From the point-view of the structural features, ferroelectricity is an electron/ion polarization phenomenon in the typical perovskite BaTiO3 materials, which is caused by the displacement of the Ti4+ cation in the TiO6 octahedron from the center. This process results in a decrease in the symmetry between the unit cell and the cubic lattice, and the structural transformation from the cubic phase to the tetragonal phase. Also, the phase structure directly determines the ferroelectricity of BaTiO3; therefore, it needed to analyze the crystal structures of BaTiO3 materials.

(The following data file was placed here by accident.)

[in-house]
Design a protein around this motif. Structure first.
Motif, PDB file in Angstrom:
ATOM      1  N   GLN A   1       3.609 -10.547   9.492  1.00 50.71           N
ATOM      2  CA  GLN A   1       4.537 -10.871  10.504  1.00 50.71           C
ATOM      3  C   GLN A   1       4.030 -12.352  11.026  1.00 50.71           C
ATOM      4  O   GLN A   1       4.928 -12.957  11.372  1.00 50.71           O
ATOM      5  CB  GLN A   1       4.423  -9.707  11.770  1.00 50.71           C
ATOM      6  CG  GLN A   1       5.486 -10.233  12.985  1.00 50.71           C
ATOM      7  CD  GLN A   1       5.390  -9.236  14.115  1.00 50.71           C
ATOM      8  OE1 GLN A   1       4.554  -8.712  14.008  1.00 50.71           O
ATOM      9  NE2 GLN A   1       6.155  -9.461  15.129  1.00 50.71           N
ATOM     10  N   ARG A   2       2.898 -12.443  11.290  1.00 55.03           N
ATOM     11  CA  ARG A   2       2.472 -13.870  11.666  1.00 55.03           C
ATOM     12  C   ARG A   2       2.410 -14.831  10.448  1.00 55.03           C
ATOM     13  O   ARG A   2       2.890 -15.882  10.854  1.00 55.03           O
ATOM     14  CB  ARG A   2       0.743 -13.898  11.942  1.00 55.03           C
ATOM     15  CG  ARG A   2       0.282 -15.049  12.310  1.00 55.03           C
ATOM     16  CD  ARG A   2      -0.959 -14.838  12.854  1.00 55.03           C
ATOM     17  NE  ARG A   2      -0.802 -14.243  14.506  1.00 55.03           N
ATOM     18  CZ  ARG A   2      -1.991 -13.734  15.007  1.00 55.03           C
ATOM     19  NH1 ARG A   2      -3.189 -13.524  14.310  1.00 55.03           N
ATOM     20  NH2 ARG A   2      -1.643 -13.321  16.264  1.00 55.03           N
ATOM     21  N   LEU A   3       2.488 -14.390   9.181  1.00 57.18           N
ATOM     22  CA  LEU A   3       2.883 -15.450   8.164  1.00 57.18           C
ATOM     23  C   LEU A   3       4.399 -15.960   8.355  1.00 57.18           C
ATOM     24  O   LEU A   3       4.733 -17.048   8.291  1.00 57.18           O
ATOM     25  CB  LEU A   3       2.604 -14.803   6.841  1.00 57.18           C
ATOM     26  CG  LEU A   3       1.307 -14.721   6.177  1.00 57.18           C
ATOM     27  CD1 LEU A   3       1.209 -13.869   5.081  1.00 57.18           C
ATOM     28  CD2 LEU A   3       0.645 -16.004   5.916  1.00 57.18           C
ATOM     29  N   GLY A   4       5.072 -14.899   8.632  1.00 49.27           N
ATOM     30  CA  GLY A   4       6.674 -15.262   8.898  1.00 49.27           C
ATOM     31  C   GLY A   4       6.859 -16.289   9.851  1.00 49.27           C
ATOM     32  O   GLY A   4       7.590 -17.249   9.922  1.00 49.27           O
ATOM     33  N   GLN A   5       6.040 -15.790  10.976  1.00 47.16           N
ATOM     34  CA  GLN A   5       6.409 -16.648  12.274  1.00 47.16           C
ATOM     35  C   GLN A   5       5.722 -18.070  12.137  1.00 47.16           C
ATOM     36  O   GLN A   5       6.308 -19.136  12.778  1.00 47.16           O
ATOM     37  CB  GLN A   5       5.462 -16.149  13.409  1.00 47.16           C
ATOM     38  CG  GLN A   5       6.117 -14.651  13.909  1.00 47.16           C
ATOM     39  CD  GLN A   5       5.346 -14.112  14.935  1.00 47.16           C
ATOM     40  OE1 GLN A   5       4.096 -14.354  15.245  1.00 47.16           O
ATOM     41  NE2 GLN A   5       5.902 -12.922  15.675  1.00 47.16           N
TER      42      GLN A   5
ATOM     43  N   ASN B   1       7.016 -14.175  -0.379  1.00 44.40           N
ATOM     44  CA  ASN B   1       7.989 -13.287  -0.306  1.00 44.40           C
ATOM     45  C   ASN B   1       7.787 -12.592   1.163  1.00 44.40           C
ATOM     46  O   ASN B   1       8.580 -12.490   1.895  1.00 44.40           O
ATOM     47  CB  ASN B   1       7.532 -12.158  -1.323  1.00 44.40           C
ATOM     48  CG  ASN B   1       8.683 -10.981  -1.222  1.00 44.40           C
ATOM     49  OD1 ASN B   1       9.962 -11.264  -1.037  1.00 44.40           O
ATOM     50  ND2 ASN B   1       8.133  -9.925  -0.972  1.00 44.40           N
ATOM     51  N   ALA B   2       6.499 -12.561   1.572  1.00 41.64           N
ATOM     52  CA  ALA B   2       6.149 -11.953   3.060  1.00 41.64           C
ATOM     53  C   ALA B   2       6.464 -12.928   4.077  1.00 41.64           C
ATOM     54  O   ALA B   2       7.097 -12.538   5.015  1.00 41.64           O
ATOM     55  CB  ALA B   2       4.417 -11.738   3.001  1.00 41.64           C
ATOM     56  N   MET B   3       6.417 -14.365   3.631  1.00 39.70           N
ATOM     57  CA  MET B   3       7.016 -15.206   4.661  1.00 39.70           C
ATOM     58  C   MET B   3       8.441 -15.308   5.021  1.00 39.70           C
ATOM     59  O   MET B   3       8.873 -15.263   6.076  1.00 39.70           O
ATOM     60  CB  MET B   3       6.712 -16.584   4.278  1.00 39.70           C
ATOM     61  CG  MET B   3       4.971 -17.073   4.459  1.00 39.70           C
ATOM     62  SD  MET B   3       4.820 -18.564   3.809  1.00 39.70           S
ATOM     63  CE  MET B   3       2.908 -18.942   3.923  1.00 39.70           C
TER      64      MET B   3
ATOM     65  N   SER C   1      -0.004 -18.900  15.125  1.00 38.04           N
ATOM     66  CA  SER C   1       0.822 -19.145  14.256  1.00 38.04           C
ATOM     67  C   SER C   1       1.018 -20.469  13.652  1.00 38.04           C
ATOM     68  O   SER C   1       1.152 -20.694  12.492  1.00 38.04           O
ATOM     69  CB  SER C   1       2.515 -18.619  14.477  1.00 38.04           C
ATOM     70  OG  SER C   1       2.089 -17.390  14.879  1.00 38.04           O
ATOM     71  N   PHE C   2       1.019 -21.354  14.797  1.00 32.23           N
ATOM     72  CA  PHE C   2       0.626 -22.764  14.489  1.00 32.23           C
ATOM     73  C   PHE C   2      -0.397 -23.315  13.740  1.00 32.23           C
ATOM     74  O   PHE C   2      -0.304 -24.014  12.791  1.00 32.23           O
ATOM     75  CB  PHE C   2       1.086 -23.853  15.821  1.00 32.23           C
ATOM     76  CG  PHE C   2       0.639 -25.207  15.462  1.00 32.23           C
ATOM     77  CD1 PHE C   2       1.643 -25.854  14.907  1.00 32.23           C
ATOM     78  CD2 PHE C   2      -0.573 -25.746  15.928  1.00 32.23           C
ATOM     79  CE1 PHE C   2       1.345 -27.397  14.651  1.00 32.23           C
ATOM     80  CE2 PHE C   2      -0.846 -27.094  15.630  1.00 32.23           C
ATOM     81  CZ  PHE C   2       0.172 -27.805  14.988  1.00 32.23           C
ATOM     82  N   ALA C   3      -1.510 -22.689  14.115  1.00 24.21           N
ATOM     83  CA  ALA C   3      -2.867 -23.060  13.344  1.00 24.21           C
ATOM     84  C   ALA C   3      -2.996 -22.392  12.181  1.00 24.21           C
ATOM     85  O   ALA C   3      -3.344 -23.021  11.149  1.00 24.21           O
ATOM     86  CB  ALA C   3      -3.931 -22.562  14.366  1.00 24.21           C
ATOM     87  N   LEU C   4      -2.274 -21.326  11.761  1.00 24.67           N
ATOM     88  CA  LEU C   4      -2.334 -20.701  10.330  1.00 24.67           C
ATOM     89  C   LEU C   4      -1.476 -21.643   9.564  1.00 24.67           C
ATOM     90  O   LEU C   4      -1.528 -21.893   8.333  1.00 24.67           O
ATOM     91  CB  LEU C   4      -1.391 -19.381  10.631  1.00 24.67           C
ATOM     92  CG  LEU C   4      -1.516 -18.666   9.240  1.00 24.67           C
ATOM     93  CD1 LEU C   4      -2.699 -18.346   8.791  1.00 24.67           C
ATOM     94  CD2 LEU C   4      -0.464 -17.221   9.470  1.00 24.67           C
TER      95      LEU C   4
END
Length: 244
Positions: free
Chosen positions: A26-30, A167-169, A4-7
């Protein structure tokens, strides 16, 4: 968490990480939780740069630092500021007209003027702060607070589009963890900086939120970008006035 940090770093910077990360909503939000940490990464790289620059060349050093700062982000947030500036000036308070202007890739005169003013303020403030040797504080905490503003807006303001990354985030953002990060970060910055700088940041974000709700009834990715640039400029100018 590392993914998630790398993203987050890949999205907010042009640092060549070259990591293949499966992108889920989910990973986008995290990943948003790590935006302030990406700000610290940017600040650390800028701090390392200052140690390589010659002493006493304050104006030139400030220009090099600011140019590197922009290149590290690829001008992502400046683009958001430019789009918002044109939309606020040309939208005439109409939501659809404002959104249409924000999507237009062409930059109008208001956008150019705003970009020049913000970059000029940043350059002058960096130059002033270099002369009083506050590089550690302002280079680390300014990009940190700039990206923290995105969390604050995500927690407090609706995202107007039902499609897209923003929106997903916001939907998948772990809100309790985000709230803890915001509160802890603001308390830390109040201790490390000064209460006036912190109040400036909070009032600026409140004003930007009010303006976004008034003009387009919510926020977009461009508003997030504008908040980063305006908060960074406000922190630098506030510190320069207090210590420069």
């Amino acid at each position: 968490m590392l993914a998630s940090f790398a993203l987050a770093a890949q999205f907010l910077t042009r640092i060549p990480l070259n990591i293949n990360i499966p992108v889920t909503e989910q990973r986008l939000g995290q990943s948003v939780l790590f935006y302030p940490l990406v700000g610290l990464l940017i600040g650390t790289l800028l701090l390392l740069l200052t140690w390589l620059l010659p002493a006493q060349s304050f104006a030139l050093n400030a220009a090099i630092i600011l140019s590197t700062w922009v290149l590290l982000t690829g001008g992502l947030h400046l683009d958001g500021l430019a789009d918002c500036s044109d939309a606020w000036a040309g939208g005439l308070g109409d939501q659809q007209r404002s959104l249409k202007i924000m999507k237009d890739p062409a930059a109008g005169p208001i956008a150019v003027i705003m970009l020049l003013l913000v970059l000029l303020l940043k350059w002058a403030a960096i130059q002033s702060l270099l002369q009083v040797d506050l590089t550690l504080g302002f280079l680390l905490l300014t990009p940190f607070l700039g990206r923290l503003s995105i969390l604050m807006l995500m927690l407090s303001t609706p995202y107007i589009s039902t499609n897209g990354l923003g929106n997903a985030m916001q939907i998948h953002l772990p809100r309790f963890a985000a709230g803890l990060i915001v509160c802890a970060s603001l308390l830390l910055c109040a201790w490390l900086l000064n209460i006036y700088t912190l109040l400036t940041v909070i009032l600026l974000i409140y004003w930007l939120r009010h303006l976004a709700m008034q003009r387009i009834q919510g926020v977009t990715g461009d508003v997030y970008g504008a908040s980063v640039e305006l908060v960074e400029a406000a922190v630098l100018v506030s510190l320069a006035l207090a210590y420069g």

Tetragonal BaTiO3 (T-BaTiO3) nanoparticles were prepared by the simple sintering treatment on cubic BaTiO3 (C-BaTiO3) nanoparticles at 800 °C.25 Firstly, the crystal structures of the two BaTiO3 were verified by XRD, as shown in Fig. 2(a). C-BaTiO3 shows a single peak at 2θ = 45° corresponding to the (200) crystal plane, which is consistent with the cubic BaTiO3 structure of the Pm[3 with combining macron]m space group (JCPDS no. 79-2263). On the other hand, the splitting phenomenon of the peak of T-BaTiO3 is also observed at the position of about 2θ = 45° (upper right inset), where 44.8° and 45.2° correspond to the (002) and (200) crystal planes of BaTiO3, respectively. It matches well with the tetragonal BaTiO3 structure (JCPDS no. 05-0626). Raman spectroscopy is an advantageous technique to analyze the cubic-tetragonal symmetry of BaTiO3 nanoparticles. Fig. 2(b) shows the Raman spectrum of the BaTiO3 powders after sintering. Among them, the two Raman peaks at 305 cm−1 and 717 cm−1 are the characteristic peaks of tetragonal BaTiO3, indicating that T-BaTiO3 has a tetragonal crystal structure at room temperature.26